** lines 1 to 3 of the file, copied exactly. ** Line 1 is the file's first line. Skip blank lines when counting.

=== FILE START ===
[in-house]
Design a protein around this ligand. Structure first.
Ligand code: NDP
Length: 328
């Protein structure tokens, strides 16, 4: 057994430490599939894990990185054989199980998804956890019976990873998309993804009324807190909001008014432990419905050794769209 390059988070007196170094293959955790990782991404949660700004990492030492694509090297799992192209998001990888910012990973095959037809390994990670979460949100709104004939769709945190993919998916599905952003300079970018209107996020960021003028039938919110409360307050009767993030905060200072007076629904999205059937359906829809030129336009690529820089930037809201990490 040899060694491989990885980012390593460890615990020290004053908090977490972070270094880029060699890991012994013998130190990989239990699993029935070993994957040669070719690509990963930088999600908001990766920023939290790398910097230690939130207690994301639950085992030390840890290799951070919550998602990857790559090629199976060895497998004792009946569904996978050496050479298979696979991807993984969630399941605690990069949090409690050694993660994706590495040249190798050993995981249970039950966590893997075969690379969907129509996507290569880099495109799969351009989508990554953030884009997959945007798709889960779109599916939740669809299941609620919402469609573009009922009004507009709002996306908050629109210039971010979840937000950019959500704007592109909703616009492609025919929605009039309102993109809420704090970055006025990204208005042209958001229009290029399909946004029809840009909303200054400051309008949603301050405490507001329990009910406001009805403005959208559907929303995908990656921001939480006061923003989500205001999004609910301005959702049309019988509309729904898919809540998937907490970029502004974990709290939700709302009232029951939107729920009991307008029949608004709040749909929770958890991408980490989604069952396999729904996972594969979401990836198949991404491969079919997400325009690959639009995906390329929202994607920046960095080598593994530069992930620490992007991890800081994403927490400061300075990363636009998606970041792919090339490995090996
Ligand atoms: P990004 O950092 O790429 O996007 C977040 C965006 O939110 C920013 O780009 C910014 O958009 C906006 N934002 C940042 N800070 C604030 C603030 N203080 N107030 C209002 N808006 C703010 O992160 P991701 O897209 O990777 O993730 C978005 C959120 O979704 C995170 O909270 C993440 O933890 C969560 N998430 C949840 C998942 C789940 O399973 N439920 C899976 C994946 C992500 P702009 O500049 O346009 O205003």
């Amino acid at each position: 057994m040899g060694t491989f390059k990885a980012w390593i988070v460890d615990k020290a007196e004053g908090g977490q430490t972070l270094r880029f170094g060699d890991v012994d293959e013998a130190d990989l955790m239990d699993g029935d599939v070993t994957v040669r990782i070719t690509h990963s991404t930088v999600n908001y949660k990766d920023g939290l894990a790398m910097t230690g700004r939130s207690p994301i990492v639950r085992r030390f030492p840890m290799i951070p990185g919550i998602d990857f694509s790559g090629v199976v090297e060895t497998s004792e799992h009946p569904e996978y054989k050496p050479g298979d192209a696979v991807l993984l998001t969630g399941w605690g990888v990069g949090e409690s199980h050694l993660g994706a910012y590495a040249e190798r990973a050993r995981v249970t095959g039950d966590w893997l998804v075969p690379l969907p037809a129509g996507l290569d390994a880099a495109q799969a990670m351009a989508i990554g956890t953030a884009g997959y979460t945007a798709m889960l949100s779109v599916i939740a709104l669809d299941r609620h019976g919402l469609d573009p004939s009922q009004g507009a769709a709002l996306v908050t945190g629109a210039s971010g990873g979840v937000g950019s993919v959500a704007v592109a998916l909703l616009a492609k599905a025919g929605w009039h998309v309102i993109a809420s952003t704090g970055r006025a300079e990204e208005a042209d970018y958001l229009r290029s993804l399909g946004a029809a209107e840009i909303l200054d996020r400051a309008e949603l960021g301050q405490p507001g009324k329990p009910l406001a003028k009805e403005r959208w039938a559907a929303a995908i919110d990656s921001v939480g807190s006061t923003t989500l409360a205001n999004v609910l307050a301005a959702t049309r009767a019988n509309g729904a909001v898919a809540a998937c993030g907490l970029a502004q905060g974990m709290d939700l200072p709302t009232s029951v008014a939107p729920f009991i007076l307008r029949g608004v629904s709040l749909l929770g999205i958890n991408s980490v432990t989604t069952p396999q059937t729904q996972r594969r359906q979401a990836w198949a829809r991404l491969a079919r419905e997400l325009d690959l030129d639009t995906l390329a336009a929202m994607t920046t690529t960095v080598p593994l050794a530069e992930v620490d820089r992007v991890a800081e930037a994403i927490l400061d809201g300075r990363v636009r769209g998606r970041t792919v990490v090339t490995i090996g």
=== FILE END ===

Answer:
[in-house]
Design a protein around this ligand. Structure first.
Ligand code: NDP